Referring now to FIG. 3a, 3b, and 3c, three aspects forming a set of transmission parameters for an angle modulated transmitter are shown, including a maximum allowable deviation at FIG. 3a, a given amount of transmitter output power in FIG. 3b, and a modulation limiting bandwidth in FIG. 3c. First, according to FIG. 3a, a frequency modulated (FM) transmitter has a carrier signal with center frequency 302 (modulated by sinusoidal waveform 303) to have a nominal level of peak frequency deviation, as represented at 304. This FM transmitter also has capability for a reduced level of maximum allowable peak deviation 306, due to reduced sinusoidal waveform 303'. By so doing, the adjacent channel splatter protection can be improved 3 dB for every 1 dB of reduced deviation. Second, FIG. 3b depicts a simplified frequency spectral diagram similar to FIG. 2, in which the transmitter of the present invention has control over a given amount of transmitter output power. As shown, transmitter carrier 302 having a nominal amount of output power 310 is able to be reduced to a lower amount of output power 311. And, assuming FIG. 3b represents mobile radio #1 from FIG. 2, then the corresponding adjacent channel interfering signals 204 and 206, having nominal levels 314 and 315, respectively, are reduced 1 dB for each 1 dB reduction in output power in proportionally the same manner to levels 316 and 317, respectively, as shown. Third, FIG. 3c depicts a Bode plot of a modulation limiting bandwidth typically used with an angle modulated transmitter, such as an FM communications transmitter. As shown, the frequency response of this modulation limiting bandwidth generally has a reference point 320 having a relative amplitude response of zero dB at a specified frequency f0, usually 1 KHz. Although shown in somewhat idealized form, there is usually included a lower corner frequency 322, corresponding to f1, and an upper corner 324, corresponding to frequency f2. According to the present invention, control is also provided to effectively pull in corner 324 to a modified upper corner 325, corresponding to frequency f2 '. For f2 =3 KHz, and f2 ' equal to 2.5 KHz, approximately 5 dB of improvement in splatter protection results. As will be seen in the following drawings, any or all of the transmission parameters, represented by FIGS. 3a, 3b, and 3c, will be adaptively controlled in a mobile radio transmitter according to the present invention to effect reduced splatter, or adjacent channel interference, at the base station in the system. When all three are invoked, the total improvement in splatter protection is as shown:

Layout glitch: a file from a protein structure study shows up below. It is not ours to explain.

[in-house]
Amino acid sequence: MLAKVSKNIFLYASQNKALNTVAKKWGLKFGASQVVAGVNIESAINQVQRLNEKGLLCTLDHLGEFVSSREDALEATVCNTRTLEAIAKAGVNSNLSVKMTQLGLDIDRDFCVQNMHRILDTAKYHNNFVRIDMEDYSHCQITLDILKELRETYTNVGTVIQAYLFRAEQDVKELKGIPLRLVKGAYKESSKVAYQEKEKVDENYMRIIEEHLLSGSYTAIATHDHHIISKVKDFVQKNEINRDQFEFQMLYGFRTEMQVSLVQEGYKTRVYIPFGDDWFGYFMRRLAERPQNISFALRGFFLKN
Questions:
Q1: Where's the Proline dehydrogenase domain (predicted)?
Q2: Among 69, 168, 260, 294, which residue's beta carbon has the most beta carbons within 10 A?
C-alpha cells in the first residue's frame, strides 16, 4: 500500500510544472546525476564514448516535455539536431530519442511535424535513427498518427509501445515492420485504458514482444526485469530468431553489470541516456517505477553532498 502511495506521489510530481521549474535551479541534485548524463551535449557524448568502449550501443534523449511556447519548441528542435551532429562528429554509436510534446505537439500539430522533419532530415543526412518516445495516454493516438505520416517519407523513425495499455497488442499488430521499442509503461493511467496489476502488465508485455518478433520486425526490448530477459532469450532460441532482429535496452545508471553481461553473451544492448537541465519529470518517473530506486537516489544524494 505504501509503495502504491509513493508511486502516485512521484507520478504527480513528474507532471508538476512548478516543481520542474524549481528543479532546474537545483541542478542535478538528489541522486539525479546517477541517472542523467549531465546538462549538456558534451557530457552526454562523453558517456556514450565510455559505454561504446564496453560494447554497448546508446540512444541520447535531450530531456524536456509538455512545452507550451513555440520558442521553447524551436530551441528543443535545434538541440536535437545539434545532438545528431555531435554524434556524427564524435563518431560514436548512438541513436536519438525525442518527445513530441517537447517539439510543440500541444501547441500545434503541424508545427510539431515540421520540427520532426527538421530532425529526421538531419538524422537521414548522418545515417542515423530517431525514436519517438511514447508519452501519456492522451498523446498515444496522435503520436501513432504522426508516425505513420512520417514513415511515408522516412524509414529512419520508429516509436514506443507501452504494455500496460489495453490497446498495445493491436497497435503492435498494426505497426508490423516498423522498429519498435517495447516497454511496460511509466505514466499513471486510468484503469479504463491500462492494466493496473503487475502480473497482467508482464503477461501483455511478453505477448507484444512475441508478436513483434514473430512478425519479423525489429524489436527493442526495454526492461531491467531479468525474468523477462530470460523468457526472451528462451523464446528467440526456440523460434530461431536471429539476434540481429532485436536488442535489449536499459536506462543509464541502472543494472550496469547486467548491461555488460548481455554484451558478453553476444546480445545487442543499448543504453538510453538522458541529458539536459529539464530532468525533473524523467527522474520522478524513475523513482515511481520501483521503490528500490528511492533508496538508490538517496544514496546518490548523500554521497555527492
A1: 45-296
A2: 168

______________________________________(a.) reduced deviation (2.0 vs. 2.5KHz) = 5 dB;(b.) reduced power output (1/2 rated) = 3 dB;(c.) reduced mod. bandwidth (2.5 vs. 3KHz) = 5 dB. 13 dB______________________________________